Equipment  Distributed

(i) Four Wantok SBS-1 FM Broadcasting stations and one 500wt transmitter (for Luangwa). The latest installation was at Mumfumbwe Community radio station

(ii) Solar/Windup: In order to provide the listening audience of the community radio stations RANET Zambia with its NAIS/JICA partners has distributed 3154 solar/windup radio receivers.

(iii) WorldSpace Satellite Receivers: The RANET Zambia has installed 43 Tongshi DAMB-R satellite receivers in thirteen districts, at the offices of District Agriculture Coordinating Officers, Agriculture Research Stations, the three sites of Africa 2000 Project, at the office of the Provincial Director of Health for North-Western Province and the ten Community Radio Stations to assist these partners access developmental information they require in order to help the rural communities better.

(iv) Mobile Phones: Over the past few years a lot has been written about the use of cellular text messaging (SMS) as a viable tool to distribute hazard alerts or similarly important messages to the public.  Major disasters such as Katrina and the Indian Ocean tsunami have spurred this consideration among government, NGO, and commercial entities alike. Several countries have very advanced systems relying on Cell Broadcast, while others are still testing and struggling to determine how best to implement mobile messaging systems at both the local and national level.  Similarly, many humanitarian non-profits are using SMS to pass messages within their organization and to communities in which they work. In agriculture the system is helping peasant farmers to follow up with issues concerning the weather/climate, availability and use of inputs, control of agricultural diseases and marketing of products.

In 2007 the RANET Zambia Project launched a pilot project in the use of cell phones by peasant farmers to send feed back to RANET Zambia and the Ministry of Agriculture and this use has been extended to the exchange of weather and climate information. There were twenty phones distributed in 2008 over Western, Eastern, Luapula and Central Provinces, each province getting five phones.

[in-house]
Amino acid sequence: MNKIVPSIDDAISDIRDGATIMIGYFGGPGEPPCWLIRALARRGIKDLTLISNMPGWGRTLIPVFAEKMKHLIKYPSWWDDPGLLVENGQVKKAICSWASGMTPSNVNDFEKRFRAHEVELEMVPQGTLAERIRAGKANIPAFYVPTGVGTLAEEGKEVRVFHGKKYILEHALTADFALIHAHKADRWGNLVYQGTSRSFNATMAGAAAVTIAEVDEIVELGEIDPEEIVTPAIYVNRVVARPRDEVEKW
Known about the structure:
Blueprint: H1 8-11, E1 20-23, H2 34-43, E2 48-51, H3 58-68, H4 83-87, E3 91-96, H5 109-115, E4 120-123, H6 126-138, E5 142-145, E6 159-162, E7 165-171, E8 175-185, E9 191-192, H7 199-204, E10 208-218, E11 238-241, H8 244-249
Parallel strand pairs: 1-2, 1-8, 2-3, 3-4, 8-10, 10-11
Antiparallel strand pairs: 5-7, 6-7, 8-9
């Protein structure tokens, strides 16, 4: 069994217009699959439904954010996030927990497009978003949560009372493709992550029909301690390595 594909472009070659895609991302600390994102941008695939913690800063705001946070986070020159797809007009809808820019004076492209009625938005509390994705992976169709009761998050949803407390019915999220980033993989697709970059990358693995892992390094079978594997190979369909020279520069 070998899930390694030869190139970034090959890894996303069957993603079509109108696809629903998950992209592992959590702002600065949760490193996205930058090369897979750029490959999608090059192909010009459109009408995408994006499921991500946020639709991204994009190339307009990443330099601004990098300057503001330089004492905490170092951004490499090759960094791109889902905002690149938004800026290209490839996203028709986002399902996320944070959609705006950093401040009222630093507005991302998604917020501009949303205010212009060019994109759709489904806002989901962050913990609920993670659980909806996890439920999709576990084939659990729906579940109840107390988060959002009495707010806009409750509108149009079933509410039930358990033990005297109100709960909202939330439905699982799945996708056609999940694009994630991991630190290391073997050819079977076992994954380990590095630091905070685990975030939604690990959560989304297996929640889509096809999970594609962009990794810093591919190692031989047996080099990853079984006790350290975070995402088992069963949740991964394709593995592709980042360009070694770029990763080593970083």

(v) Personal Computers (Pcs): The project donated a Pc to Mkushi Community Radio station in 2007.

(vi) Chatty Beetle Project: The ZMD received three satellite based communication equipment called Chatty Beetles in 2008 and installed one at Zambezi and another at the base station at the Departmental Headquarters while the other had a faulty battery. However, in 2009 the department received three more Chatty Beetles which were installed at Chipepo, Mansa rural, Kasama rural and the other at Kabompo.  As this system is satellite based it can therefore be deployed in any part of the country and can be very useful emergency warnings.

(vii) FM Broadcasting station equipment: The Department has also received three units of the Wantok SBS2 FM Broadcasting stations waiting to be installed at Kalabo, Sesheke and Sinazongwe Districts.

Current Activities
In September 2015 another activity called “Talking about the weather and Doing Something” was launched.
Objectives of the activity is to provide rural farmers and communities with tools they don’t currently have, which will create access to accurate and timely weather data and information on how to adapt to and mitigate the effects of climate change.
This objective will be achieved through partnership with the Radio and Internet for Rural Weather Communication (RANET) program at the University Corporation for Atmospheric Research (UCAR) and the Developing Radio Partners Project, the Zambia Meteorological Department(ZMD) and other local partners.
The Activity will achieve this objectives by carrying out training to meteorological officers, radio broadcasters, agricultural extension workers and the farmers in the presentation and interpretation of weather forecasts, strengthening of relationships between the ZMD and community radio stations as well as training local meteorological technicians in the production of low cost automatic weather observing stations (PAWS) locally.